The Dutch Minister for Foreign Trade and Development said yesterday there is need to maintain stronger and mutually beneficial relations between Rwanda and the Kingdom of Netherlands.
Lilianne Ploumen spoke as she wrapped up her two-day trip to Rwanda with the signature of an aviation treaty between the two countries.
Ploumen promised to do more consultations to better understand economic and political issues surrounding the bilateral relations.
"When I get back I will take some time to reflect because I think the relationship between Rwanda and the Netherlands is an important one," she told a news briefing at Kigali International Airport before flying to Burundi.
At the airport, Ploumen signed an aviation treaty with Rwanda's Minister of Infrastructure, Albert Nsengiyumva, a deal which will enable Rwanda to use the Dutch airport of Amsterdam for her airline operations in Europe, while Holland will also use the Kigali airport to connect with the Great Lakes region.
The agreement will also help Rwanda to benefit from the experience of the Netherlands in the aviation sector since it also covers mutual technical support.
"We hope that this signing will open up other opportunities for cooperation, particularly technical cooperation," Nsengiyumva said after signing the deal.
"It's a sign of trust that they have for us after they have seen what we have been doing in developing the aviation sector like refurbishing our Kigali airport and operating our own national airline."
Ploumen said the agreement will open up opportunities since it's likely to allow the expansion of the existing cooperation.
"It's very good that today we are here to sign this agreement. What we are actually doing is formalising something that has been working out very well for the past few years. There are flights between Amsterdam and Kigali and this puts a legal framework on that cooperation," she said.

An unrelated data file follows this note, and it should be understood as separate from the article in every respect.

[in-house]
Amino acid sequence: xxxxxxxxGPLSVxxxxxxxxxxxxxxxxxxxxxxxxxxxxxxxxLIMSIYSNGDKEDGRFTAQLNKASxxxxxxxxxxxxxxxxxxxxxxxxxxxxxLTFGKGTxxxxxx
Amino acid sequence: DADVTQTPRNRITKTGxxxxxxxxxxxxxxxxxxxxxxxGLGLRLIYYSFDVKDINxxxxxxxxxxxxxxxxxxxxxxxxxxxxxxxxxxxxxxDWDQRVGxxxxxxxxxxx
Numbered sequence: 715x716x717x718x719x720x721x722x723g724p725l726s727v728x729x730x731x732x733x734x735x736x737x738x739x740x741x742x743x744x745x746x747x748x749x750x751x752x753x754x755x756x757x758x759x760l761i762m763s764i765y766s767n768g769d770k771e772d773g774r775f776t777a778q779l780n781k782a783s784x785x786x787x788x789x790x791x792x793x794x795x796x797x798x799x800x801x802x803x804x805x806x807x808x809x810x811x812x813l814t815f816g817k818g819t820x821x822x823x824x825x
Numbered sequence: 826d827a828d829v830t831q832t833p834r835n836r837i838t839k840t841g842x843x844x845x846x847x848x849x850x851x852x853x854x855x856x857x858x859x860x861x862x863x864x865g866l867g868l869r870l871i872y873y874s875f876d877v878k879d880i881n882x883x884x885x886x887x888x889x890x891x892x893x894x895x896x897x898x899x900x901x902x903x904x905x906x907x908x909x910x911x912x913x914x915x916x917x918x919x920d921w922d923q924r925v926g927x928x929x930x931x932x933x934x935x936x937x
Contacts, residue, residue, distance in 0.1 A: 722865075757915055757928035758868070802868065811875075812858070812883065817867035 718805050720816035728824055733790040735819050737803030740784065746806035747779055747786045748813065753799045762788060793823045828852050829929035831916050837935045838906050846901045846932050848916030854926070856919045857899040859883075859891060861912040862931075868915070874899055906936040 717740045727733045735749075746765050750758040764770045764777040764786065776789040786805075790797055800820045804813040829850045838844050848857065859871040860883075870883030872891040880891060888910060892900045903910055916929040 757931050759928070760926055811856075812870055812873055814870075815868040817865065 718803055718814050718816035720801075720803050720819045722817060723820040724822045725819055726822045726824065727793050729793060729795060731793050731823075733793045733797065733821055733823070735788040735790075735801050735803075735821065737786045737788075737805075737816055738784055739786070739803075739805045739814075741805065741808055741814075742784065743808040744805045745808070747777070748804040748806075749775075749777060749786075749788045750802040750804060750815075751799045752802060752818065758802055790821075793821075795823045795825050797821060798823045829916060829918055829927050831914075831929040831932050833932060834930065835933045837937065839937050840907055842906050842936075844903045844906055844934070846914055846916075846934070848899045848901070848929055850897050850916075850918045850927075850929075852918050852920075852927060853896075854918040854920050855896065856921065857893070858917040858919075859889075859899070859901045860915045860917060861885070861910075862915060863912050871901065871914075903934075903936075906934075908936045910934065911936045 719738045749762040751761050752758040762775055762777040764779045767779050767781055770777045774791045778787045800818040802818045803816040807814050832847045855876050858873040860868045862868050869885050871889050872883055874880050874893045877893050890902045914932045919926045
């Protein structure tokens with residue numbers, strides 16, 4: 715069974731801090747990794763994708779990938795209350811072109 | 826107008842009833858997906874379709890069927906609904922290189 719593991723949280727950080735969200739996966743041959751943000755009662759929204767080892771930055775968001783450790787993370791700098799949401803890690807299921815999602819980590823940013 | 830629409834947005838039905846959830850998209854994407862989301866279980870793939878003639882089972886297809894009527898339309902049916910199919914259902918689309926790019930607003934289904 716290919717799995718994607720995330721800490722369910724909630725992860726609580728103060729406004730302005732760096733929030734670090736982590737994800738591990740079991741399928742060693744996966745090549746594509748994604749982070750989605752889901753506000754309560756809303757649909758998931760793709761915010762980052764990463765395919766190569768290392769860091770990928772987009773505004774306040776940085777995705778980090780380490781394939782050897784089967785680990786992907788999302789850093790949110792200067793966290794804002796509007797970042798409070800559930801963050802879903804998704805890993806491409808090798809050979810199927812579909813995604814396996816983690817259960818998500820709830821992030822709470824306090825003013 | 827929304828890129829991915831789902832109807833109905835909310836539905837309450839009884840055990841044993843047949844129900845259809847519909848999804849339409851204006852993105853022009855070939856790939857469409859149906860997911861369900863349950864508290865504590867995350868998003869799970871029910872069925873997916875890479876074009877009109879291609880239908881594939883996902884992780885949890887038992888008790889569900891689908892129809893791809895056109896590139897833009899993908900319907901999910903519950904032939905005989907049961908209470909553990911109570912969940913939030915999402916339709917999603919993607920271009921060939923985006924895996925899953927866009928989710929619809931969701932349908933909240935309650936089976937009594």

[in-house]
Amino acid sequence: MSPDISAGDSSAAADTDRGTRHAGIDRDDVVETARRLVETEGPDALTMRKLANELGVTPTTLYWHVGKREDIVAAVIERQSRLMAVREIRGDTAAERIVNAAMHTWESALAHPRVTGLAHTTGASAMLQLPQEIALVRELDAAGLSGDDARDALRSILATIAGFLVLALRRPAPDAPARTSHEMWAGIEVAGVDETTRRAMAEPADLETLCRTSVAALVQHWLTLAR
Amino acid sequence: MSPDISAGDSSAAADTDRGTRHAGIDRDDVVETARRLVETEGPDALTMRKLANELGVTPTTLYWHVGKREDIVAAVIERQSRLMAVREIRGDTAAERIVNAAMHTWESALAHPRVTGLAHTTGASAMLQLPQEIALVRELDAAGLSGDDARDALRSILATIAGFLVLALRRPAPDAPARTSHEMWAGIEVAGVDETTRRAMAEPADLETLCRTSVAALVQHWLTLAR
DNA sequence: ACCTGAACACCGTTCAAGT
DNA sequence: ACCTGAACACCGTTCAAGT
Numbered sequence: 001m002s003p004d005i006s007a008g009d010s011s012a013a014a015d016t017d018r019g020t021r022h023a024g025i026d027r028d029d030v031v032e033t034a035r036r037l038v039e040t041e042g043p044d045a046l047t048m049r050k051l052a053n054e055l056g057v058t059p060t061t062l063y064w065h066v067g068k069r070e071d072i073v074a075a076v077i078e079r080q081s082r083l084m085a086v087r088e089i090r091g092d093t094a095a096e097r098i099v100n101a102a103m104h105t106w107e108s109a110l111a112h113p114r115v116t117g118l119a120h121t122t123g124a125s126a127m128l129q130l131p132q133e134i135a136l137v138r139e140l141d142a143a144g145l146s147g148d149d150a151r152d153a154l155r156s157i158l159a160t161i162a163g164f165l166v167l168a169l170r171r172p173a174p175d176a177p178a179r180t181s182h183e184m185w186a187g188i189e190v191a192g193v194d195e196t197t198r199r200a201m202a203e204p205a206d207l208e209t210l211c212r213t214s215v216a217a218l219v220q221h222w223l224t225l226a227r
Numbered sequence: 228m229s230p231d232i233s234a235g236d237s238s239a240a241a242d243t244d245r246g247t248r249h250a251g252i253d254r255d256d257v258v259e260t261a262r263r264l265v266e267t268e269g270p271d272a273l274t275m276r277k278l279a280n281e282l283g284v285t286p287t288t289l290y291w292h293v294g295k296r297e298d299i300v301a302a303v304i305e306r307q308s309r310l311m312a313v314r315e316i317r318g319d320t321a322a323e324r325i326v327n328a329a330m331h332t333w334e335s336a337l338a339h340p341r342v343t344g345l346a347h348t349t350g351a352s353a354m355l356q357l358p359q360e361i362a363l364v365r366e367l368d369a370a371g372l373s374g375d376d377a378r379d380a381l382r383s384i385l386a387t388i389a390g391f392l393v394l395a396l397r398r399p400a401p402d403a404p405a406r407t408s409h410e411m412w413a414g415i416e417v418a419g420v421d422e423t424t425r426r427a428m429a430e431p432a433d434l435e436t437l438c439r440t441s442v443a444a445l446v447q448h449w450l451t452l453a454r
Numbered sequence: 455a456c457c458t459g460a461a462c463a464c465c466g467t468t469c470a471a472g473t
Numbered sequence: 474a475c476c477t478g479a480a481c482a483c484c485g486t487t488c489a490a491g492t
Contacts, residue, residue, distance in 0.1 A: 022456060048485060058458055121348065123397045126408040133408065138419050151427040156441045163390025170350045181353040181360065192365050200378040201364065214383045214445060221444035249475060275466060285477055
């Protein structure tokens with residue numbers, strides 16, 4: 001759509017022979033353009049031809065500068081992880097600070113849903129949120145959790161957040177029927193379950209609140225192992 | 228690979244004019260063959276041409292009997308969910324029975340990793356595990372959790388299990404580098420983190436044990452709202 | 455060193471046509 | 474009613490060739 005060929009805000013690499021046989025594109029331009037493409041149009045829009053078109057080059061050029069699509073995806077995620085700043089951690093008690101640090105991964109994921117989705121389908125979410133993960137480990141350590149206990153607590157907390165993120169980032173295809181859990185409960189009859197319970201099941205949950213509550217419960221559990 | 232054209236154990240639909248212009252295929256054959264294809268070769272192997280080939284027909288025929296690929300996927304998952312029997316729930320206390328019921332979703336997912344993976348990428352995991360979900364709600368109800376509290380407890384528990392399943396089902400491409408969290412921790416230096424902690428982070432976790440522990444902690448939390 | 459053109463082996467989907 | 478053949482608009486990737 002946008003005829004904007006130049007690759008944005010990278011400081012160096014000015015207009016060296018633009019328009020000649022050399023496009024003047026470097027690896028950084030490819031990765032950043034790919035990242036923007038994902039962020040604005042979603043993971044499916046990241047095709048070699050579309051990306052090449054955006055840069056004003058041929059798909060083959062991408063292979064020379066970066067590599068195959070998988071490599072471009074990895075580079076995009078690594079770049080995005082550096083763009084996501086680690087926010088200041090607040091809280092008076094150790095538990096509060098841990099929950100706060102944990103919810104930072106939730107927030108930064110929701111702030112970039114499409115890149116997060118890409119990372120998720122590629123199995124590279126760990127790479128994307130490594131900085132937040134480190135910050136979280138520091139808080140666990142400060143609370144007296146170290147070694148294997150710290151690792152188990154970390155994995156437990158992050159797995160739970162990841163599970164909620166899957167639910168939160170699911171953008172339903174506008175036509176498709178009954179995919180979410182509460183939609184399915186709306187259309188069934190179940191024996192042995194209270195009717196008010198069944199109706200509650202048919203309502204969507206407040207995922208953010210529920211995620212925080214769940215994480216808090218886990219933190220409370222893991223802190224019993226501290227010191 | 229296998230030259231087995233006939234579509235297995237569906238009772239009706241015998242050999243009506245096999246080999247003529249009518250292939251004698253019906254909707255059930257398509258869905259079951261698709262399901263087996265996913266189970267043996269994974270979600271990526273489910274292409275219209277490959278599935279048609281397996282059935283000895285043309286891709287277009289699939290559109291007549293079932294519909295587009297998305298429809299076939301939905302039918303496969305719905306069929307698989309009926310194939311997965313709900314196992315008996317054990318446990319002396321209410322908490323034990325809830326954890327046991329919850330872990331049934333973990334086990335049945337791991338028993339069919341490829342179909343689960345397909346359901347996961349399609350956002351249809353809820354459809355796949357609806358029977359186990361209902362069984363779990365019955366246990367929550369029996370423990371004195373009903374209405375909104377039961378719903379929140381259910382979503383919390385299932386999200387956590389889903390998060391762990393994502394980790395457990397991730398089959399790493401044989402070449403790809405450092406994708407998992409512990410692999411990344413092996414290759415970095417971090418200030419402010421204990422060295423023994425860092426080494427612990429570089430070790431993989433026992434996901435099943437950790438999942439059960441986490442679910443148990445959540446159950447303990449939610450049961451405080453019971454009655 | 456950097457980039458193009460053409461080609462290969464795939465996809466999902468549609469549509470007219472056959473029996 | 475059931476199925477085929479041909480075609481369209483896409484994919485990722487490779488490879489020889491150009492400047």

With the agreement in place, it won't be only the Royal Dutch Airline KLM flying to Rwanda as it has been happening but also the Rwanda national carrier RwandAir can start flying to Amsterdam, a source at the Dutch Embassy in Kigali told The New Times shortly before the deal was signed.
Ploumen held talks with Rwandan government officials including President Paul Kagame, members of the private sector and some of the key international organisations operating in the country.
"I have been here for about 22 hours now and we have discussed many things among which are the opportunities for economic cooperation between our two countries and having the infrastructure to be able to travel to one another is very important," she said. She highlighted the need for entrepreneurs in her country to intervene in power distribution in Rwanda to enable small businesses here to grow.
The Dutch foreign ministry suspended making payments worth $6.15 million to Rwanda's budget in July, last year, and said it would resume the aid after receiving reassurances from Kigali that Rwanda wasn't supporting the M23 rebels fighting the Kinshasa government. Rwanda has denied links with the rebels.
The minister said her trip in the Great Lakes region will help her better understand both political and economic issues in the region and it's from here that she hopes to advise her country on issues surrounding the suspension of aid to Rwanda.
She was in the Democratic Republic of Congo before her trip to Rwanda.
"I feel it's important to talk with as many people as possible to get their perspective on the situation, both politically and economically," she said.
Apart from private businesses between the Dutch people and Rwandans, Rwanda is one of the 15 countries worldwide with which the Netherlands has a longstanding and broad development cooperation programme. The Kingdom has focused on supporting Rwanda's justice sector, food security, and water resource management.